Unsurprisingly, Biden didn’t go there either.

To his credit, the President delivered a rousing speech that should impress those that have been waiting for stronger rhetoric. At long last, he called for at least some changes made to the filibuster in order to pass The Freedom to Vote Act and the John R. Lewis Voting Rights Advancement Act. Indeed, at some points, he practically yelled at them to do it. “I’ve been having quiet conversations with members of Congress,” he said. “I’m tired of being quiet.”

Biden also criticized Senate Republicans for breaking the tradition of bipartisan support for the Voting Rights Act – stressing that even former segregationist Senator Strom Thurmond managed it.

Still, there is plenty of reason to assume that Biden doesn’t quite get what he is up against. He said he only made this plea for a change to the filibuster “after careful deliberation.” The truth is that his lack of support for changing the filibuster in his speech months ago was a glaring omission and a failure to be brave. Meanwhile, the GOP has been hard at work setting up the next election for Trump.

And then there was this plea: “Don’t let the Republican Party morph into something else.”

Many of us have long known the GOP consolidates power by depriving Black people of their ability to vote. But some Democrats continue to pretend otherwise.

“The next few days, when these bills come to a vote, will mark a turning-point in this nation,” Biden said.“Will we choose democracy over autocracy, light over shadow, justice over injustice? I know where I stand. I will not yield. I will not flinch. I will defend your right to vote and our democracy against all enemies, foreign and domestic. And so the question is: Where will the institution of the United States Senate stand?”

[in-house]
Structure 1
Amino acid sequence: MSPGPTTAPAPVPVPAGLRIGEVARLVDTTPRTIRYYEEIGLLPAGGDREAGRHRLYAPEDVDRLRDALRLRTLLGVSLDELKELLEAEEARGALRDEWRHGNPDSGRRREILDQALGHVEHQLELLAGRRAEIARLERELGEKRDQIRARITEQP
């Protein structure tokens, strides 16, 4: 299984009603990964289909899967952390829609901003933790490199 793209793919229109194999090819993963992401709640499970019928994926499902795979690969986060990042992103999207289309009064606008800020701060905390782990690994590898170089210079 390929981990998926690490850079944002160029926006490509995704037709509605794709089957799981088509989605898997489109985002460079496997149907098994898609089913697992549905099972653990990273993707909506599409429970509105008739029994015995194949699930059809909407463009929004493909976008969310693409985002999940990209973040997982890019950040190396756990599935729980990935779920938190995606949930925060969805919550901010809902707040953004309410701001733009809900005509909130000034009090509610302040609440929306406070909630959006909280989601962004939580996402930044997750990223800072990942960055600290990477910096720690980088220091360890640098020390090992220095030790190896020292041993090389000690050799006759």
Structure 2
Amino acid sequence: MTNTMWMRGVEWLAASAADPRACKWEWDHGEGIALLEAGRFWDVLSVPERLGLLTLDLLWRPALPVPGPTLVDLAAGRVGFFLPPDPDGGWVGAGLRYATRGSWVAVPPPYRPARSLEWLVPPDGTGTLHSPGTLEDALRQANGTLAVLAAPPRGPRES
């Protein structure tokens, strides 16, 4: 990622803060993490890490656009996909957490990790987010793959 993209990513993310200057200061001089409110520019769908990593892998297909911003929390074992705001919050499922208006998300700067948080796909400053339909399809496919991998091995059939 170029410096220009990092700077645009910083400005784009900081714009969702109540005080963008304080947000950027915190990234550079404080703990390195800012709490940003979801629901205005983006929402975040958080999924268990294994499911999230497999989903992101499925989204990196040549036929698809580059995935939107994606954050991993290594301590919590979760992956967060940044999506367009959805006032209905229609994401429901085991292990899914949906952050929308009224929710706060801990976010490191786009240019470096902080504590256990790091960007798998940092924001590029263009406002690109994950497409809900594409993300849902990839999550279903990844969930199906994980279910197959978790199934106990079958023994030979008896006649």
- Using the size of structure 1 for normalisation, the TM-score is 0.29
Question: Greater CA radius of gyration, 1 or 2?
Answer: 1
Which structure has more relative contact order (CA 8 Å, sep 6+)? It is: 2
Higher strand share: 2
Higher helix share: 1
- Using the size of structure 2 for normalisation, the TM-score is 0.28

Those concerned that Biden’s speech would lack a concrete plan for the passage of voting rights legislation on the federal level had their fears confirmed. This was not a plan. It was a speech. A nice speech, but a speech without teeth. A speech that is unlikely to have made the Trump-supporting wing of the GOP hellbent on having their former president re-elected scared in any way.

“It sets a serious precedent… when there are people that are coming after your base of voters, and you’re stringing it out, and you’re not reacting,” LaTosha Brown, a Georgia-based advocate and co-founder of Black Voters Matter relayed on a call with reporters Monday prior to Biden’s remarks.

“We don’t need another speech. What we need is actually a plan,” added Cliff Albright, executive director of the Black Voters Matter Fund.

As of now, Democratic Senators Joe Manchin, Krysten Sinema, Mark Kelly and Jeanne Shaheen are reportedly not yet convinced on changing the filibuster for voting rights. Biden did not call them out by name at any point during his speech. And he ended it with a sentiment he shared to a reporter shortly before stepping on stage: “Keep the faith.”

Faith without work is nothing at all. And as those activists who skipped out for good reason keep stressing, so is a commitment to voting rights without a real plan. Nice speeches and all.